Posted in Books, Writing

Summer Blog Challenge – Day 18

Day 18 – The First Novel You Remember Reading

I’ve always been an avid reader since I was really young. I had books full of short stories, and picture books full of animals, and I loved The Gruffalo and Where the Wild Things Are. I’ve always been surrounded by books and that made me me. Trying to remember the first novel that I read is a little harder but I think I figured it out.

The first novel I ever read (and finished) was The Amazing Story of Adolphus Tips by Michael Morpurgo

This book broke my heart and pieced it back together. I remember it so vividly.

It’s a story about a very adventurous cat during World War II. The small village of Slapton is full of city evacuees, but all in it has been scarcely touched by war. That is until the 3000 inhabitants of the village are told up sticks and move out of their homes. The village and beach are soon out of bounds while the Allied forces practice for their D-Day landing and preparing to invade France. But during the move from her home, Lily’s cat goes missing. Lily’s cat Tips has other ideas and no amount of barricades, barbed wire, bombs and guns are going to keep Tips out of the Danger Zone. Lily makes friends with two American soldiers in an attempt to try and find Tips. But worried that she will never see her cat again, Lily braves the Danger Zone to try and find her adventurous cat. 60 years on and reading his Grandma Lily’s diary, Michael learns about The Amazing Story of Adolphus Tips and marvelling at how the tale of one cat could affect them so many years later.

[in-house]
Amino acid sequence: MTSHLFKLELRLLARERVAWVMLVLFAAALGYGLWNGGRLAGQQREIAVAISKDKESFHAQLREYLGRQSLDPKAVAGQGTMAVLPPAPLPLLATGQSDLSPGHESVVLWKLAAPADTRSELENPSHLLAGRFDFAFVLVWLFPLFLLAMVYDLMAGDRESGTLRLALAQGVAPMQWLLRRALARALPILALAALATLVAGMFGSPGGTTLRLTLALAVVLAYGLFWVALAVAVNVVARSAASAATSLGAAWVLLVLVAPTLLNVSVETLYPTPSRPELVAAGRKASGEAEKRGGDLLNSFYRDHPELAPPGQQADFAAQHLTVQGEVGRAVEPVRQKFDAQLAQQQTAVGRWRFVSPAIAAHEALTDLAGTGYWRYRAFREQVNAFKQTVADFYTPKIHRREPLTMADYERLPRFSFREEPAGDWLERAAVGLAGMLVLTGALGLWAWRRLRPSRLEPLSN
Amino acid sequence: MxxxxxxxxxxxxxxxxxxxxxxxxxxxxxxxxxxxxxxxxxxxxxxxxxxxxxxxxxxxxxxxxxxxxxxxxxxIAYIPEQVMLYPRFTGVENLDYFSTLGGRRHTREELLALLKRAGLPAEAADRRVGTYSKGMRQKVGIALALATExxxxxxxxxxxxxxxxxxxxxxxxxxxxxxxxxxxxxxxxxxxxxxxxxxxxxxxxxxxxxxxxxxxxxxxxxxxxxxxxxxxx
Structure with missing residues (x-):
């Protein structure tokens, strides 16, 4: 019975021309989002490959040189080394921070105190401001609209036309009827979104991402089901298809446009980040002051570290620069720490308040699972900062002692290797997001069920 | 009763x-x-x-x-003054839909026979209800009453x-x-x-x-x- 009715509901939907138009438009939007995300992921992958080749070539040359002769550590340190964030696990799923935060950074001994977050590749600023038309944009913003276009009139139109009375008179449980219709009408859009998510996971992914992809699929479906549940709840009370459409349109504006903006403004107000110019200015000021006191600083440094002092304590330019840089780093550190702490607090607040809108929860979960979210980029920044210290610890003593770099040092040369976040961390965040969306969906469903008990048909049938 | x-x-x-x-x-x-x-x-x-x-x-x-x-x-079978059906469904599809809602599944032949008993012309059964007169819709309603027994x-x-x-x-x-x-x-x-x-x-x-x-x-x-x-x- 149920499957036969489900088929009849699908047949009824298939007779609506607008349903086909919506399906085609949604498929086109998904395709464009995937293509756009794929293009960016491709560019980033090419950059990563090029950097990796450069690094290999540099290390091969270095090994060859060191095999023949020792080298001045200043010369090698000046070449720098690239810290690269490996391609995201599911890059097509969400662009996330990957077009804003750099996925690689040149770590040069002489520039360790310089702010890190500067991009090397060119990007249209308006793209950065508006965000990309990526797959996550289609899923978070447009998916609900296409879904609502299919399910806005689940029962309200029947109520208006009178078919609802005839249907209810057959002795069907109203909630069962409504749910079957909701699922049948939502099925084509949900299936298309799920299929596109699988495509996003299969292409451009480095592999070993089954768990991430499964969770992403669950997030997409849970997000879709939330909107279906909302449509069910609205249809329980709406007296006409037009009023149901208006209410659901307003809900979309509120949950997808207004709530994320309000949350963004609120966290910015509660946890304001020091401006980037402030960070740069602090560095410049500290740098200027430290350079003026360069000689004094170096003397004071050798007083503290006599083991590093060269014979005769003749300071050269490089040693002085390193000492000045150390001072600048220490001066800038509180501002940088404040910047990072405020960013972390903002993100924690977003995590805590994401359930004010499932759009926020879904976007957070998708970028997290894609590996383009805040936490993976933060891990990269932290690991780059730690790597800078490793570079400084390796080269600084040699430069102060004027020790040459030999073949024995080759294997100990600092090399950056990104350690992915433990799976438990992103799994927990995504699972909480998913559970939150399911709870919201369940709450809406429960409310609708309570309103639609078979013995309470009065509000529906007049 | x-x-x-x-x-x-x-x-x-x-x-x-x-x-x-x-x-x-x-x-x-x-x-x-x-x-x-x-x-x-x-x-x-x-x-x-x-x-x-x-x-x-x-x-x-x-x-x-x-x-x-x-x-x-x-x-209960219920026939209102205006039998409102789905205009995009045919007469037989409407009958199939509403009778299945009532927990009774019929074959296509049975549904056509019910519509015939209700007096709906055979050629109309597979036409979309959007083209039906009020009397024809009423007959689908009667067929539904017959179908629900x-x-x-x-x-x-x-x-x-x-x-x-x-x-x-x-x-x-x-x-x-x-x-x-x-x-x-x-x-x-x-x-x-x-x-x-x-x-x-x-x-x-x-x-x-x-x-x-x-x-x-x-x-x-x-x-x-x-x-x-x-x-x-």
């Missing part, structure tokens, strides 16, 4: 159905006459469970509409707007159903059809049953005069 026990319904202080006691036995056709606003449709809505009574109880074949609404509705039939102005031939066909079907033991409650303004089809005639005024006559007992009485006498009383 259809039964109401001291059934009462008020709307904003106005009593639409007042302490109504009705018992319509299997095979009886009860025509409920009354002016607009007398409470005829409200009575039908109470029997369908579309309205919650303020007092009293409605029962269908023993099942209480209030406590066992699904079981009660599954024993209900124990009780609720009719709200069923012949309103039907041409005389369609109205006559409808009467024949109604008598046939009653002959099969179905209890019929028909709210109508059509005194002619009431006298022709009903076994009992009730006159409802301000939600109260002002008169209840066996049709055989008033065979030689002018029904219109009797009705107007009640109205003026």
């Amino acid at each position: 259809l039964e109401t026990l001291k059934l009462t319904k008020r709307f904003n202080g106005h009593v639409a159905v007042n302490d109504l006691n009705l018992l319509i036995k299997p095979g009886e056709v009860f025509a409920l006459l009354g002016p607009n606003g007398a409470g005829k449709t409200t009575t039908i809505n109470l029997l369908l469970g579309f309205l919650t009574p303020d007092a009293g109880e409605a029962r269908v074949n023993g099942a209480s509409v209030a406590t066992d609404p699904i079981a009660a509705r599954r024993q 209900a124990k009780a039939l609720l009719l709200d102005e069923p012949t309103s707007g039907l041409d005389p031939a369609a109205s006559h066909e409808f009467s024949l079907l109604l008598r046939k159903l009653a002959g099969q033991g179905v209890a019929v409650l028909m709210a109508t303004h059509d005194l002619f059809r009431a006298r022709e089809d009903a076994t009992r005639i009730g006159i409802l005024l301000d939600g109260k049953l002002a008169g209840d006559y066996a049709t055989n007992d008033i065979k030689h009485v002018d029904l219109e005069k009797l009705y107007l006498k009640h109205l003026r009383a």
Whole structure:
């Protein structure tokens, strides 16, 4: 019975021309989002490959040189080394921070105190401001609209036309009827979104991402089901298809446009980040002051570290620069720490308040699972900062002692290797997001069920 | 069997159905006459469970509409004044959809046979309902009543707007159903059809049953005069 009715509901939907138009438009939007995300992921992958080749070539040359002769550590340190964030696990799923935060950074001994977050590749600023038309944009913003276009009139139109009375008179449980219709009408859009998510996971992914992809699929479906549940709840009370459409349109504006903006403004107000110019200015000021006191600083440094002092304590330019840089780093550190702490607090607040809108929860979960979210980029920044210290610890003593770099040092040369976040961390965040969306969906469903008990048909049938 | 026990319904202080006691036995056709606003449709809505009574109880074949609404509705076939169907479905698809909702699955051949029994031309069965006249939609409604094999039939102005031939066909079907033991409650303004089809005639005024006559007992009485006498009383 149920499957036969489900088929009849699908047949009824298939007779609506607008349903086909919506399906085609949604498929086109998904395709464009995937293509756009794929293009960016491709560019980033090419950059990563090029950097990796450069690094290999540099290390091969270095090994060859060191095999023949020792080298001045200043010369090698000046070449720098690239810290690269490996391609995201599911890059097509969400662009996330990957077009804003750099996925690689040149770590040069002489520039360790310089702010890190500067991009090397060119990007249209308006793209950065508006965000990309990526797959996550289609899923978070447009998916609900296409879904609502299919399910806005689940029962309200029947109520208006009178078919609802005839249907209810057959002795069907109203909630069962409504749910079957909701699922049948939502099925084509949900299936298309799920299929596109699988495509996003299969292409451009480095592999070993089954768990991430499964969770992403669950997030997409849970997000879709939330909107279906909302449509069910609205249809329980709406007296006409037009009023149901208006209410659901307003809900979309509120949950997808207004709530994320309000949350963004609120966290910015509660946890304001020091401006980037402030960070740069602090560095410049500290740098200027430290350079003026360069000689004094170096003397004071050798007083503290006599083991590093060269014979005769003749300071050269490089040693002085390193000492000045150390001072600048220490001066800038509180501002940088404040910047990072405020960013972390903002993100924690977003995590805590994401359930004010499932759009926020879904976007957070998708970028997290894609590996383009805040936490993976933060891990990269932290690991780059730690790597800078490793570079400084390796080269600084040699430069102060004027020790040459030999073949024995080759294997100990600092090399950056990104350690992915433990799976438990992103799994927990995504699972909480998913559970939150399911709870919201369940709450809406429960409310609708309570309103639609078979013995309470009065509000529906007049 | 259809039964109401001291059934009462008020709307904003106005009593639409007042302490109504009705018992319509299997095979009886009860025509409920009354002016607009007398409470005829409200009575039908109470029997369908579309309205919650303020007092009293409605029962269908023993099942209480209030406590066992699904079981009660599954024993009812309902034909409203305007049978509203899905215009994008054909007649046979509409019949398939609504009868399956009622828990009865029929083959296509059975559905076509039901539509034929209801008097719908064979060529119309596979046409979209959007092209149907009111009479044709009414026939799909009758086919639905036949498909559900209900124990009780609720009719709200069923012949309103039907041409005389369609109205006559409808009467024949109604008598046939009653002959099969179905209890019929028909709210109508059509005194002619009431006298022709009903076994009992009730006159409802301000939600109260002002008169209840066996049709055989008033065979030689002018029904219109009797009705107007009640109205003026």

The Amazing Story of Adolphus Tips is such a warm and comforting story, providing a view of war through the eyes of a twelve-year-old. As the reader, we get to live through Lily’s diary entries getting insight into what it was like to live as a child in a war-torn Britain. It is a nice easy read, I can get through it cover to cover in just a few hours.

I always loved the works of Michael Morpurgo. They were always so heartbreaking in a way that children’s books often aren’t. But I feel like it’s important for children to learn these emotions, like hurt and loss and love and peace, in a way that isn’t detrimental to their wellbeing. Michael Morpurgo managed that so well. I have kept all of my Michael Morpurgo books (especially The Amazing Story of Adolphus Tips) for my daughter, Freya when she is old enough. I hope they mean as much to her as they did to me.

Until tomorrow.


"We live and breathe words." I'm Louise and this is my place for all things bookish. Here is a place for reviews and recommendations and discussion. Send me any book recommendations for reviews.

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